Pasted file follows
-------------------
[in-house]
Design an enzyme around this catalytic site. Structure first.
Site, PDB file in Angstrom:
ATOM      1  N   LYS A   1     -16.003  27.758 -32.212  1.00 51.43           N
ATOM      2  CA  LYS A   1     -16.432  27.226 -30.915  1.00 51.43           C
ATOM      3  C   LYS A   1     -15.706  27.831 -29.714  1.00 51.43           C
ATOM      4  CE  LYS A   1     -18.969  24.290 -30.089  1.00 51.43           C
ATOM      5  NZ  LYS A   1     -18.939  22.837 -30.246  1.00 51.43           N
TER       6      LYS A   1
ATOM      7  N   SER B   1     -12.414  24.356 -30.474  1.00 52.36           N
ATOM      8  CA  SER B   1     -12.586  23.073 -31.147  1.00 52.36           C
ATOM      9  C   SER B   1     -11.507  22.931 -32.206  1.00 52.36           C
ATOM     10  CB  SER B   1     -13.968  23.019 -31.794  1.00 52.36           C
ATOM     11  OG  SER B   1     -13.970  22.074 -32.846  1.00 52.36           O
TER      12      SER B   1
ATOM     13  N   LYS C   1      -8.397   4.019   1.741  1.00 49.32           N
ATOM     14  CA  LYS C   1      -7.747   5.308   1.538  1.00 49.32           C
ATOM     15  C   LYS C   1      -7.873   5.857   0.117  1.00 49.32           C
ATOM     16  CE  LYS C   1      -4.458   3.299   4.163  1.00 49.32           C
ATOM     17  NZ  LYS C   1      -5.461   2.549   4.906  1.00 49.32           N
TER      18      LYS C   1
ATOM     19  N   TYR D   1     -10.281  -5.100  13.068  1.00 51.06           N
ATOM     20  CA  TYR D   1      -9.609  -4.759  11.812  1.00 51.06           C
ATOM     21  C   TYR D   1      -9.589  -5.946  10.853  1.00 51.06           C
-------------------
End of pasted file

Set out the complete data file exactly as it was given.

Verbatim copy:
[in-house]
Design an enzyme around this catalytic site. Structure first.
Site, PDB file in Angstrom:
ATOM      1  N   LYS A   1     -16.003  27.758 -32.212  1.00 51.43           N
ATOM      2  CA  LYS A   1     -16.432  27.226 -30.915  1.00 51.43           C
ATOM      3  C   LYS A   1     -15.706  27.831 -29.714  1.00 51.43           C
ATOM      4  CE  LYS A   1     -18.969  24.290 -30.089  1.00 51.43           C
ATOM      5  NZ  LYS A   1     -18.939  22.837 -30.246  1.00 51.43           N
TER       6      LYS A   1
ATOM      7  N   SER B   1     -12.414  24.356 -30.474  1.00 52.36           N
ATOM      8  CA  SER B   1     -12.586  23.073 -31.147  1.00 52.36           C
ATOM      9  C   SER B   1     -11.507  22.931 -32.206  1.00 52.36           C
ATOM     10  CB  SER B   1     -13.968  23.019 -31.794  1.00 52.36           C
ATOM     11  OG  SER B   1     -13.970  22.074 -32.846  1.00 52.36           O
TER      12      SER B   1
ATOM     13  N   LYS C   1      -8.397   4.019   1.741  1.00 49.32           N
ATOM     14  CA  LYS C   1      -7.747   5.308   1.538  1.00 49.32           C
ATOM     15  C   LYS C   1      -7.873   5.857   0.117  1.00 49.32           C
ATOM     16  CE  LYS C   1      -4.458   3.299   4.163  1.00 49.32           C
ATOM     17  NZ  LYS C   1      -5.461   2.549   4.906  1.00 49.32           N
TER      18      LYS C   1
ATOM     19  N   TYR D   1     -10.281  -5.100  13.068  1.00 51.06           N
ATOM     20  CA  TYR D   1      -9.609  -4.759  11.812  1.00 51.06           C
ATOM     21  C   TYR D   1      -9.589  -5.946  10.853  1.00 51.06           C